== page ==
You Missed a Spot, Dr. Dembski
Original: You Missed a Spot, Dr. Dembski
William A. Dembski recently published a book, The Design Revolution: Answering the Toughest Questions About Intelligent Design. The subtitle offers a promissory note, and so do several of the blurbs on the dust jacket and front matter to the effect that Dembski covers herein all the criticisms that have been offered about "intelligent design" and Dembski's particular contribution, "specified complexity". This is untrue, as I will attempt to demonstrate.
Dembski has gone so far as to challenge critics to find criticisms that he missed entirely. I responded earlier, pointing out various difficulties in proving a negative as Dembski had asked for. At that point, I had not read the whole text of TDR carefully, and thus did not wish to offer something that might be discussed on pages I had not yet gotten to.
But now I have read the whole thing, and one rather glaring omission is evident to me. Throughout the book, Dembski touts "specified complexity" as a reliable marker of "intelligent design" and says that certain biological systems, such as the flagellum of E. coli bacteria (please note, Dr. Dembski, that the species name is NOT capitalized) have "specified complexity". This completely sidesteps and ignores a criticism I raised at the CTNS/AAAS "Interpreting Evolution" conference at Haverford College, June 17th, 2001, in a presentation on Dembski's ideas. I pointed out that Dembski's program of submitting events of known design and unknown cause to his "explanatory filter/design inference" were no test at all of the reliability of his apparatus, calling it a "verificationist program". To actually test his methodology Dembski and other ID advocates would have to examine cases where we had biological systems with a sufficiently detailed evidential record that even the ID advocates would agree beforehand that natural causes were sufficient to explain their deveolpment. Only then would running them through Dembski's "explanatory filter/design inference" place the EF/DI at hazard of showing a "false positive" result. I suggested that Dembski and his comrades at the (then) Discovery Institute Center for Renewal of Science and Culture concentrate upon systems like the impedance-matching system of the mammalian middle ear and the Krebs citric acid cycle, which exemplified complex systems for which biologists have accumulated a strong set of empirical data concerning their development.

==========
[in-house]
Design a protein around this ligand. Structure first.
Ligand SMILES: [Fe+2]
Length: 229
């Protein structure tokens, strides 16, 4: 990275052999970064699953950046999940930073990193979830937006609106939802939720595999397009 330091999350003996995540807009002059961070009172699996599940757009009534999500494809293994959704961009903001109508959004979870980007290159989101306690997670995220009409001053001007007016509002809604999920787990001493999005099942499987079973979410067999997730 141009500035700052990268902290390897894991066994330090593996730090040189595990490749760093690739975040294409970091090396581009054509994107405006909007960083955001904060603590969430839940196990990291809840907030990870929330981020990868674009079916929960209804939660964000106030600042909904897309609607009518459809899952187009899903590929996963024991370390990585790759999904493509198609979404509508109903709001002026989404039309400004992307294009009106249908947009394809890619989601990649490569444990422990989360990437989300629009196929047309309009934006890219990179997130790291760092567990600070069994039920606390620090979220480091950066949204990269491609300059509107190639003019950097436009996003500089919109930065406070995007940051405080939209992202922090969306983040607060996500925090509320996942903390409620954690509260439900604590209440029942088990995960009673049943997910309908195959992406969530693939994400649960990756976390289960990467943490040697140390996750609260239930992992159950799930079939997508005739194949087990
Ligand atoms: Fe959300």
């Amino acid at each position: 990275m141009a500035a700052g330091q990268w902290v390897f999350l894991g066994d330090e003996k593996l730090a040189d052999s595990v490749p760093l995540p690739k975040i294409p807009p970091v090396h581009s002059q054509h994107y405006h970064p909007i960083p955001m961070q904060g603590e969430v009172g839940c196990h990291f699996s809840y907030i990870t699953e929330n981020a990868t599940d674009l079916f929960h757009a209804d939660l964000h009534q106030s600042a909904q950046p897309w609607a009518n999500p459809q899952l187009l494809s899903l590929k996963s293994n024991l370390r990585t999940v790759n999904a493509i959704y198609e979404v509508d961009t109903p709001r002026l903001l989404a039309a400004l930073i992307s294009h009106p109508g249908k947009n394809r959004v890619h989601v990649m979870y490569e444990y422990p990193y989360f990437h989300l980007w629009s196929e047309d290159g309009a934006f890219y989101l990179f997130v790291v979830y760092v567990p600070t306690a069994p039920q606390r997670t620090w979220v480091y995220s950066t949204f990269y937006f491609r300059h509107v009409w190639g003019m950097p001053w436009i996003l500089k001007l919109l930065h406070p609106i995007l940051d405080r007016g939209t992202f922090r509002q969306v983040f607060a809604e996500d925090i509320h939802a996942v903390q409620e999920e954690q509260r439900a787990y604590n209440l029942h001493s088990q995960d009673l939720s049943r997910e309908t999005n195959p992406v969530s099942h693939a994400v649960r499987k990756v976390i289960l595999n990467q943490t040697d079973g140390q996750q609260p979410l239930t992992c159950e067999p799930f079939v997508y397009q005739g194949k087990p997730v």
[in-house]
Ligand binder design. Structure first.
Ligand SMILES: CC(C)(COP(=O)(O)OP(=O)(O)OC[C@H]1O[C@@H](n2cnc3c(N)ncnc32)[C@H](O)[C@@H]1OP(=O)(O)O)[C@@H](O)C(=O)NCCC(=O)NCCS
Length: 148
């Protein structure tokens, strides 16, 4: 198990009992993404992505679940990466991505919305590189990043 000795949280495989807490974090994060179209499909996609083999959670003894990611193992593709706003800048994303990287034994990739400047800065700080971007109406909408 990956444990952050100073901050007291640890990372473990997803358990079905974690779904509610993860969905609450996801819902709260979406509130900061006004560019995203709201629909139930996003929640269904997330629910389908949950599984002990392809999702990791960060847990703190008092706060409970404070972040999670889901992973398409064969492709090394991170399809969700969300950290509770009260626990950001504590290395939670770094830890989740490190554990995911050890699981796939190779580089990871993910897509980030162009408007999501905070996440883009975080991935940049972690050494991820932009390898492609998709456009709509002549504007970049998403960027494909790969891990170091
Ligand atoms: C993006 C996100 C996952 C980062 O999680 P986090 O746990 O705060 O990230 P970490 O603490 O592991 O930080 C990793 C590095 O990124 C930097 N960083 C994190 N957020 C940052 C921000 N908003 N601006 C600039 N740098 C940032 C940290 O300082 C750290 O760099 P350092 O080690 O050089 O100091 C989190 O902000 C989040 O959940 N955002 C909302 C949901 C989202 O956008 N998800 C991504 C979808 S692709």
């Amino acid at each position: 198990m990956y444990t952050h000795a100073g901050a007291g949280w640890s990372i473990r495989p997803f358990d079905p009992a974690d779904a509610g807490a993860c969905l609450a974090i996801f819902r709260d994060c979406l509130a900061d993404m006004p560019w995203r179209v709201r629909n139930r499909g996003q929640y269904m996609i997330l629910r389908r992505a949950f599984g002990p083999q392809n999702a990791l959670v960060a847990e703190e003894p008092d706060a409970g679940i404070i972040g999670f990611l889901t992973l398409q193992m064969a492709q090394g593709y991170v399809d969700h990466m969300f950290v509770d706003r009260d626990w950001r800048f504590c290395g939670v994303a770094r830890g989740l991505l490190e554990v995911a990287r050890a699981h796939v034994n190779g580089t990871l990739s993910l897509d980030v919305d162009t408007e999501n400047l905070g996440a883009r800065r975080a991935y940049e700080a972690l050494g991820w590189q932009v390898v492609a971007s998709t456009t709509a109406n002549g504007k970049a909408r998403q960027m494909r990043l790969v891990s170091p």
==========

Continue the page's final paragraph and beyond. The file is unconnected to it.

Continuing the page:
I reiterated the criticism in a web page critiquing Dembski's book, "No Free Lunch".
TDR is bereft of any hint that this criticism impinged upon Dembski's mental processes at all. At least, there's no hint that I see. To the contrary, there are still the explicit statements that the EF/DI is somehow verified by Dembski's program of feeding it examples that cannot possibly put it at risk of failure. The bogus and completely unfounded "reliability" that Dembski claims thereby is used in several places in TDR to assert strong claims about the need to incorporate Dembskian notions of "design" into biology.
That seems to me to be avoiding a tough question about "intelligent design".